Re: Payware ??? (Dwight VandenBerghe)
16 Dec 1997 23:41:24 -0500

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From: (Dwight VandenBerghe)
Newsgroups: comp.compilers
Date: 16 Dec 1997 23:41:24 -0500
Organization: All USENET --
References: 97-12-133
Keywords: practice

"Paul Mann" <> wrote:

>I'd like to know how many software developers are using a free
>compiler for their work.

I use VC++ (not free), Thompson Awk (not free), gcc, and perl (free).

>Then I'd like to know how good it would have been if it were free.

Well, Internet Explorer is from the same company, and it's free, and I
think it's pretty good.

>My toolkit is not free, because I'm not a professor at a university,
>wish I were but ...

Your toolkit is not free, not because you're not a professor at a
University, but because you have decided to charge money for it.
Richard Stallman (gcc) is not a professor, nor is Larry Wall (perl).
Nor are the authors of python, pccts, etc.

>If I were to give it away for free, I would be announcing version 1.0
>instead of 5.0.

Perl is currently at release 5.004.

>I've thought about giving it away for free. Any ideas, I'm listening

Keep selling it. I also use Yacc++, an absolutely excellent parser
generator that costs $995. It's worth every penny. The manual for
yacc++ is the best I have ever read for any software product, period.
And the thing works. If you can make a tool that is very much better
than what is available for free, why not profit from it?

The one big problem with payware compiler tools is that you will never
make any real money at it. Your freeware competition is pretty strong
(see pccts) and the good freeware tools tend to attract many strong
and fervent users who help each other, fix bugs, offer suggestions,
and so forth. Like the linux community - where your worth is measured
not by how much you accumulate, but by how much you give away. The
interesting thing is that guys who give away their tools tend to get
famous, and then, if the tools are any good, they make money on their
books. Larry Wall is a best-selling (for compsci books) author now, I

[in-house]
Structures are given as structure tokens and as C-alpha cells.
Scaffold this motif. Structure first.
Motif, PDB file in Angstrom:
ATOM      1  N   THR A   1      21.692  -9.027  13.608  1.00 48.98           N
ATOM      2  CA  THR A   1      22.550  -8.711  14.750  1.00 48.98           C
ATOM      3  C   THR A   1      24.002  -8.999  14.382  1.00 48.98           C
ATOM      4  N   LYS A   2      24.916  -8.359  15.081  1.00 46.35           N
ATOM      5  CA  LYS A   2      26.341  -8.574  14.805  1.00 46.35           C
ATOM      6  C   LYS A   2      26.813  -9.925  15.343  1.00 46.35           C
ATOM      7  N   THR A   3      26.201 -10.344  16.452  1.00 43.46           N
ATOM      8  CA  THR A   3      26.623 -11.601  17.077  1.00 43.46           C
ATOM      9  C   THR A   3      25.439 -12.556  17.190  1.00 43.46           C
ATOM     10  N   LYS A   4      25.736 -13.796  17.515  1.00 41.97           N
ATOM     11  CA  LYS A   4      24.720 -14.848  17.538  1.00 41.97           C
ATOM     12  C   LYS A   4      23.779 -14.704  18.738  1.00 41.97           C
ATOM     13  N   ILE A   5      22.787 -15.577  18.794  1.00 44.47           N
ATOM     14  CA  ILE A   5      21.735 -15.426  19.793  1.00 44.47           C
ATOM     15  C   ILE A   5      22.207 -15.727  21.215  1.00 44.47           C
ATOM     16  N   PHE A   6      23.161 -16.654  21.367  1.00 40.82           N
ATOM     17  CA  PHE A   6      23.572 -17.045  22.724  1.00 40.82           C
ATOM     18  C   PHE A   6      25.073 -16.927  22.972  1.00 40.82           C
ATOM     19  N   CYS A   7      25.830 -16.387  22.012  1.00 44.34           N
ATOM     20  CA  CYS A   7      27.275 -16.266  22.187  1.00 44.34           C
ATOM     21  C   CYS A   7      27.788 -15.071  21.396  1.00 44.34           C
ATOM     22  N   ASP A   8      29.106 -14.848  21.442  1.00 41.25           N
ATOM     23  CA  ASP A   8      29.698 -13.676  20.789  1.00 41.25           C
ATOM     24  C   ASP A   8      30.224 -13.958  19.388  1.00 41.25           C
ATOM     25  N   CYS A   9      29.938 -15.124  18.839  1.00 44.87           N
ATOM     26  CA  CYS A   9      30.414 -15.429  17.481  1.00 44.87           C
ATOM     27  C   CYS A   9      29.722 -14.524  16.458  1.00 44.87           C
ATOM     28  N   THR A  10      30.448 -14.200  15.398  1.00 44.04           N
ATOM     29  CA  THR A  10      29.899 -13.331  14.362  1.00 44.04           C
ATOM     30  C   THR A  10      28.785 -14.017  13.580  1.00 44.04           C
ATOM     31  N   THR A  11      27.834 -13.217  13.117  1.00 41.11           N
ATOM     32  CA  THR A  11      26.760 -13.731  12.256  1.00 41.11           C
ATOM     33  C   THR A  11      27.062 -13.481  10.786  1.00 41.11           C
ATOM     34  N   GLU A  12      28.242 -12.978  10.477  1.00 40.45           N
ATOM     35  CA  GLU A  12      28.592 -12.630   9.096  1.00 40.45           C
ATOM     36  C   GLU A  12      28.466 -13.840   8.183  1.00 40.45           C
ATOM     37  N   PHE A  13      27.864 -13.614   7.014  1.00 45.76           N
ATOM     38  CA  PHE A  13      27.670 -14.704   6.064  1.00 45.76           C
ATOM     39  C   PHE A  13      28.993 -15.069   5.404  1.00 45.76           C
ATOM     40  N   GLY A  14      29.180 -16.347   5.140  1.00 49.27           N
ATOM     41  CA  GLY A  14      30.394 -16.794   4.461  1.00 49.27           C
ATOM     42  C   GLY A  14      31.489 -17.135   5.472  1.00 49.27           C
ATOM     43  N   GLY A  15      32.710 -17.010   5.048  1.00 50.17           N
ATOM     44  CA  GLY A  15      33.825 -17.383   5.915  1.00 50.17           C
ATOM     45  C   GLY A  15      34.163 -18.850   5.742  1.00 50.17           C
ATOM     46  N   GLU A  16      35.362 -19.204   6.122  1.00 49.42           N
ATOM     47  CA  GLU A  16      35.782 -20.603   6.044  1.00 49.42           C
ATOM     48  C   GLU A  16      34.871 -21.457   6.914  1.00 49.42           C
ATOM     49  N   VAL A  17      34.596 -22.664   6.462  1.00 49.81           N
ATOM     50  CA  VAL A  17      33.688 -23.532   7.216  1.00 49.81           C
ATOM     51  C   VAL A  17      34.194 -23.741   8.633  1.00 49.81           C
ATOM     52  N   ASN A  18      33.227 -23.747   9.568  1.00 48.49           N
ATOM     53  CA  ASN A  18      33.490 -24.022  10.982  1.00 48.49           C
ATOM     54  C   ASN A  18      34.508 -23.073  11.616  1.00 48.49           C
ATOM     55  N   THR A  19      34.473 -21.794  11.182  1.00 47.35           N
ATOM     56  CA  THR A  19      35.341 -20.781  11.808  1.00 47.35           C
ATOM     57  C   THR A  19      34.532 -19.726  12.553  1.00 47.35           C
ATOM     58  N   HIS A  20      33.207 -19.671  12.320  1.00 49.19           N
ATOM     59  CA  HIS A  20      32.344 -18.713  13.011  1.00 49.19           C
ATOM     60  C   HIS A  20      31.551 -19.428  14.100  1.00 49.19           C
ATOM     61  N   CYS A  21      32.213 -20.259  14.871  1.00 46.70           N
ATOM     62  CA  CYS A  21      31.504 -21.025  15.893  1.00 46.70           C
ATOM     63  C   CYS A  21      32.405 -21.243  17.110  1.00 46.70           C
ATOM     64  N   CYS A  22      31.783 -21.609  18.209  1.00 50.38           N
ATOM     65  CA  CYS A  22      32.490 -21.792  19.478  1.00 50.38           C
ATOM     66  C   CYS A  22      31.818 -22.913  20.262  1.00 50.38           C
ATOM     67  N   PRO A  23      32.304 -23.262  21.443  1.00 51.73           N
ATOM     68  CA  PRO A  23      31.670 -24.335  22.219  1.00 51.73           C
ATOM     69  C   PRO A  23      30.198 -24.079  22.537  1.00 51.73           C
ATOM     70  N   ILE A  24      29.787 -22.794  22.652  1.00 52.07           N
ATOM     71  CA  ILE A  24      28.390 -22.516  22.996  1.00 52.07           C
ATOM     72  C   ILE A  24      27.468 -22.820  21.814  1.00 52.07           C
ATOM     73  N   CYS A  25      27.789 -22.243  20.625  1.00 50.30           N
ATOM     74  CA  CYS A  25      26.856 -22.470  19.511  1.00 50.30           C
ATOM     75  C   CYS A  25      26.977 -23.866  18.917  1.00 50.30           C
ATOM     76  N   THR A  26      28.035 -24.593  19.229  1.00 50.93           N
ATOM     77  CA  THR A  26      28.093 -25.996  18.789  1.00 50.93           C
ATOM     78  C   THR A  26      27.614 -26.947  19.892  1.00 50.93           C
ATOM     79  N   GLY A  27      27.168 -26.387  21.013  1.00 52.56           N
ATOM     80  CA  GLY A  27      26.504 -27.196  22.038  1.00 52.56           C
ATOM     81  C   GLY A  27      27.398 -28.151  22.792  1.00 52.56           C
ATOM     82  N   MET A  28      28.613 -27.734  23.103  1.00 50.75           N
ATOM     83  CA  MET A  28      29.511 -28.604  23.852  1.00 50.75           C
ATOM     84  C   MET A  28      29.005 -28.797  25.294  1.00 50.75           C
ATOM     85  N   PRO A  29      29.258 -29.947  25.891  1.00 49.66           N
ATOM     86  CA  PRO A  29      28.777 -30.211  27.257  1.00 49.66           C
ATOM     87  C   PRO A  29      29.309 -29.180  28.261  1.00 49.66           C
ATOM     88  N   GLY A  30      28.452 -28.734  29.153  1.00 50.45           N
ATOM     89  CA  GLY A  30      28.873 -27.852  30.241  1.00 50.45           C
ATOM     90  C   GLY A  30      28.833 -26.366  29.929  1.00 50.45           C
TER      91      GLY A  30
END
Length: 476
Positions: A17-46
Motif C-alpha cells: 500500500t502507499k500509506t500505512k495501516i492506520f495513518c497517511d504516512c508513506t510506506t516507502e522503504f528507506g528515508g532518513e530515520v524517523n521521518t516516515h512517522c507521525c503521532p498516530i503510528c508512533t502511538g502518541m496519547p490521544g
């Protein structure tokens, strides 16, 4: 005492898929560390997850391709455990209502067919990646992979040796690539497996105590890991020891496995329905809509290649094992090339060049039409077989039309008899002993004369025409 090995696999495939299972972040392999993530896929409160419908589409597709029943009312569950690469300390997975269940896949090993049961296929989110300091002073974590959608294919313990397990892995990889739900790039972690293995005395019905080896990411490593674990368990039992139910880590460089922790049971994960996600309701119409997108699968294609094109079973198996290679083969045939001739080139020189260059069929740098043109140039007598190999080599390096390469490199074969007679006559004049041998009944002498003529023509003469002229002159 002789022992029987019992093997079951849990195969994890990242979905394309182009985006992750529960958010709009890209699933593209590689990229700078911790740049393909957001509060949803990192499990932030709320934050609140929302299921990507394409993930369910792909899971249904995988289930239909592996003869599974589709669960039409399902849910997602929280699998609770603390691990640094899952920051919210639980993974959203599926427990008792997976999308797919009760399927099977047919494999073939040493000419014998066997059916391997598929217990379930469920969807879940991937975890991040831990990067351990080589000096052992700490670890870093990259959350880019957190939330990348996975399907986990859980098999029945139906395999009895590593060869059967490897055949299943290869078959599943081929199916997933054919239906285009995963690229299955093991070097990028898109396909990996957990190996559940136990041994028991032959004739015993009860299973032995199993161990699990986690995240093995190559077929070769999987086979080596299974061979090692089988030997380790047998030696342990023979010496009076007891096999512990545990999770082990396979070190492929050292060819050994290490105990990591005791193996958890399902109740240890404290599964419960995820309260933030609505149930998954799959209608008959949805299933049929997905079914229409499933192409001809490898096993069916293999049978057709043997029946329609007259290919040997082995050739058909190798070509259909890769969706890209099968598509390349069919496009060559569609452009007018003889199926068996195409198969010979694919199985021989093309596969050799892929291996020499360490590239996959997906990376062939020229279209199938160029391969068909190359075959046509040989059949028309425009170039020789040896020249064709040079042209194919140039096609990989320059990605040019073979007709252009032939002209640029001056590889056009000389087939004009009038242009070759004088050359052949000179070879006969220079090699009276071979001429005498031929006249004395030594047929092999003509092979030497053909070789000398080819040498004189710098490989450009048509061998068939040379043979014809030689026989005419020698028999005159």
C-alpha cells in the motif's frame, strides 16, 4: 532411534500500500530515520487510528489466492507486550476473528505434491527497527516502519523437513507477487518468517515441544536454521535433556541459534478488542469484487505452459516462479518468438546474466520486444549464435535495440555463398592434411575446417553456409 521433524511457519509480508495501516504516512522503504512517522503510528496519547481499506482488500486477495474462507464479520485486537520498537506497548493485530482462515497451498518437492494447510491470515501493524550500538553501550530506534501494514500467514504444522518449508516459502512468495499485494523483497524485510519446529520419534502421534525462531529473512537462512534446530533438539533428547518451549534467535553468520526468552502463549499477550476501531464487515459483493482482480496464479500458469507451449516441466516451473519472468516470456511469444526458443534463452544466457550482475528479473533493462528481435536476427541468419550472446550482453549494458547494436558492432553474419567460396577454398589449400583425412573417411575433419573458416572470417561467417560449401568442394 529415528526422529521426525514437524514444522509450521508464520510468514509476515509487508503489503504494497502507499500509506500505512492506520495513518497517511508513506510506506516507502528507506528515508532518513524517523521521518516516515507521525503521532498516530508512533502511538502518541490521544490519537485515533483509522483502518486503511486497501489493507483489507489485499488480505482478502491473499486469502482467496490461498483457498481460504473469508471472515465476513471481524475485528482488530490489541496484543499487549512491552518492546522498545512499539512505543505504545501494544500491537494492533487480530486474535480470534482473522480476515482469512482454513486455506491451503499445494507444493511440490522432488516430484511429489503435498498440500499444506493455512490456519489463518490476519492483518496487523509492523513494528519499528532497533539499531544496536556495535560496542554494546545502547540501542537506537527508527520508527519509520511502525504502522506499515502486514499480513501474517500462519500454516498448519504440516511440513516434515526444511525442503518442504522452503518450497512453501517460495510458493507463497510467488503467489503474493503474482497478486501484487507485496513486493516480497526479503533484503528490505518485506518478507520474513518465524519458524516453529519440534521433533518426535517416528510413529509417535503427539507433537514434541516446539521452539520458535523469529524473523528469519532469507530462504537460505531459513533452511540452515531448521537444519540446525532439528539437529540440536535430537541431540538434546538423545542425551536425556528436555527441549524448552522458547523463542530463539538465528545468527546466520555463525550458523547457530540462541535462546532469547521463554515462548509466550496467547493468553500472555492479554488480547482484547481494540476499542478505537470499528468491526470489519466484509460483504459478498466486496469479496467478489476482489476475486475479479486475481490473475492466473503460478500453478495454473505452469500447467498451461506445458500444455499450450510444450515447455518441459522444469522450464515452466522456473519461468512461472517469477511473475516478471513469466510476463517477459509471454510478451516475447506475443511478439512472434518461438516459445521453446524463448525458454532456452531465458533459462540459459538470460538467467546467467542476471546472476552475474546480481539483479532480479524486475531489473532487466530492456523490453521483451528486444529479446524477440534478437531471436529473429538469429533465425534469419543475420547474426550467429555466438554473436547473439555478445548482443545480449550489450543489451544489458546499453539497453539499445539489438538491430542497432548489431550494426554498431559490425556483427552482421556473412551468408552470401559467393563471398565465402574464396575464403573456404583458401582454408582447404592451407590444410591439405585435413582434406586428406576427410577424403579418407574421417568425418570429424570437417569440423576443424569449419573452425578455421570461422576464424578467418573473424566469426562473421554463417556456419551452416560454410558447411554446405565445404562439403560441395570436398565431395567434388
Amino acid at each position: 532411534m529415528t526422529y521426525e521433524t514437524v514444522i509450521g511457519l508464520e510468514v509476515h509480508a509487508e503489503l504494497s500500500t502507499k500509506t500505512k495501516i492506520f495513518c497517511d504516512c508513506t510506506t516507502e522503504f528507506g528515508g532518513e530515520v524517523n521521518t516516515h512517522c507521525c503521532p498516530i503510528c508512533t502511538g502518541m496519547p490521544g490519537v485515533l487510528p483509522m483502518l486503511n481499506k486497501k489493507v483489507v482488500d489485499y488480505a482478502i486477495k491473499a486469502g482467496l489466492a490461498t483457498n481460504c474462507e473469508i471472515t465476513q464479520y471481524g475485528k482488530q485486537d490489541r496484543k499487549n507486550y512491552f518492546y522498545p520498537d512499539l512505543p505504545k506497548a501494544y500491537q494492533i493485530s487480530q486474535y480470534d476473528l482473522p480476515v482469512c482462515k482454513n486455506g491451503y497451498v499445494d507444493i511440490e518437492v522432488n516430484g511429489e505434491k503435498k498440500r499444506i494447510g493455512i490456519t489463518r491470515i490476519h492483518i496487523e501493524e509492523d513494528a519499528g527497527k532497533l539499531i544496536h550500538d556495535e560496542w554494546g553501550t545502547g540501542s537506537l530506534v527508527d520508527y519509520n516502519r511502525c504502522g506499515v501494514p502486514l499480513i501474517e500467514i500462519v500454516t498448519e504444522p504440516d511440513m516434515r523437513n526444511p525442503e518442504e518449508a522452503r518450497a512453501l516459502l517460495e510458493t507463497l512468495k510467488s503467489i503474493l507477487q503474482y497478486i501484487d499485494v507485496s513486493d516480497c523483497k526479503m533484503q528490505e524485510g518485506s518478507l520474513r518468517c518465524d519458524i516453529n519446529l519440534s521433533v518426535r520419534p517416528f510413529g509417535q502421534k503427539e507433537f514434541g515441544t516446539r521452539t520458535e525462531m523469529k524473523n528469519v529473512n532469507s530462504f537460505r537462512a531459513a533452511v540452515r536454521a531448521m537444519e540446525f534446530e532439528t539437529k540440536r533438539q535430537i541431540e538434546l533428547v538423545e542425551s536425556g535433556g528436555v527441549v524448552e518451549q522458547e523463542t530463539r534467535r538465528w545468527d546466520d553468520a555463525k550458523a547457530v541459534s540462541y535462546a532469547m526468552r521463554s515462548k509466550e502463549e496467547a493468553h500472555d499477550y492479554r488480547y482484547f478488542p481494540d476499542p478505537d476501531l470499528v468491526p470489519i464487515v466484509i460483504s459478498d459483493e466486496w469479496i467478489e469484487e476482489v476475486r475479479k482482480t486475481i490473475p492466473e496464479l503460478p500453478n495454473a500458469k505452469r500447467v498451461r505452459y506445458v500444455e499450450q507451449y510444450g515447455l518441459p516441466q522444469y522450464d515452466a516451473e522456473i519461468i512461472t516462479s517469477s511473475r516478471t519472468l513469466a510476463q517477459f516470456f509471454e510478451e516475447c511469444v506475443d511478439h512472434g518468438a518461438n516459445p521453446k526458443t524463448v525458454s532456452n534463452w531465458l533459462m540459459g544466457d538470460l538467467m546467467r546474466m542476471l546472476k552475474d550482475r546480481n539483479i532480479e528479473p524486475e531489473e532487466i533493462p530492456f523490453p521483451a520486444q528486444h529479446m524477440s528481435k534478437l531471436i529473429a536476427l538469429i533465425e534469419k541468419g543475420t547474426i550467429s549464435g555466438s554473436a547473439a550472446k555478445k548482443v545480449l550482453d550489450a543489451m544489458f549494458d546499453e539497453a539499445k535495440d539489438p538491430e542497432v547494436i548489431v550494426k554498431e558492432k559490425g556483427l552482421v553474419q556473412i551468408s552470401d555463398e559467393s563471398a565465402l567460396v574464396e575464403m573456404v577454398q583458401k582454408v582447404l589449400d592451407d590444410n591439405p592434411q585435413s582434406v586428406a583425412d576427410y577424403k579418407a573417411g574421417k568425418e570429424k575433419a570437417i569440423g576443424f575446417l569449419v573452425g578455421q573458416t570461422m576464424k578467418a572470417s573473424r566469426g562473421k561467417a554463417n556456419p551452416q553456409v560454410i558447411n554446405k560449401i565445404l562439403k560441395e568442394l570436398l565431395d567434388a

think, with "Programming Perl"; Terence Mann's book on PCCTS is also
out (I just got my copy from There are some people who
are making pretty good money teaching courses on Perl. Your tool will
never get to that stage, because not many of us will look at it, as
its competitors are free, and good.

I got Yacc++ because I needed an excellent tool for a commercial
client, and money was no object to them. I could never have afforded
it myself.

Another approach is to offer free source code for the complete system
to linux users, and only to linux users. Then sell the system to
others at what the market will bear. This marketing strategy is used
by the (excellent)QT GUI toolkit authors, who have the philosophy that
if you are using linux and you agree to make whatever you build
available to others for free, then you can use their GUI builder. If
you are going to make something commercial, then you have to pay for
their toolkit. It makes a kind of sense, if you think about it.

As a final comment, my current platform for building compilers is
Objective Caml. This is an amazingly powerful language whose
strengths seem to be just what you need for compiler writing, and
whose weaknesses don't seem to get in your way. It comes with rather
primitive lex and yacc facilities, but in combination with the
language itself, the toolkit provides cradle-to-grave support for
writing fast, efficient, easy-to-maintain language processors. The
more I work in this field, the less I like C/C++ as a tool. The
language level is wrong - you need garbage collection, first- class
functions, built-in lists and pattern matching, and so on, to write
compilers, and if you don't have them, you have to fake them with
kludges like STL, the Boehm collector, and so on. So any preprocessor
- including your tool for C/C++/Java - starts out at a disadvantage.
In my humble opinion.


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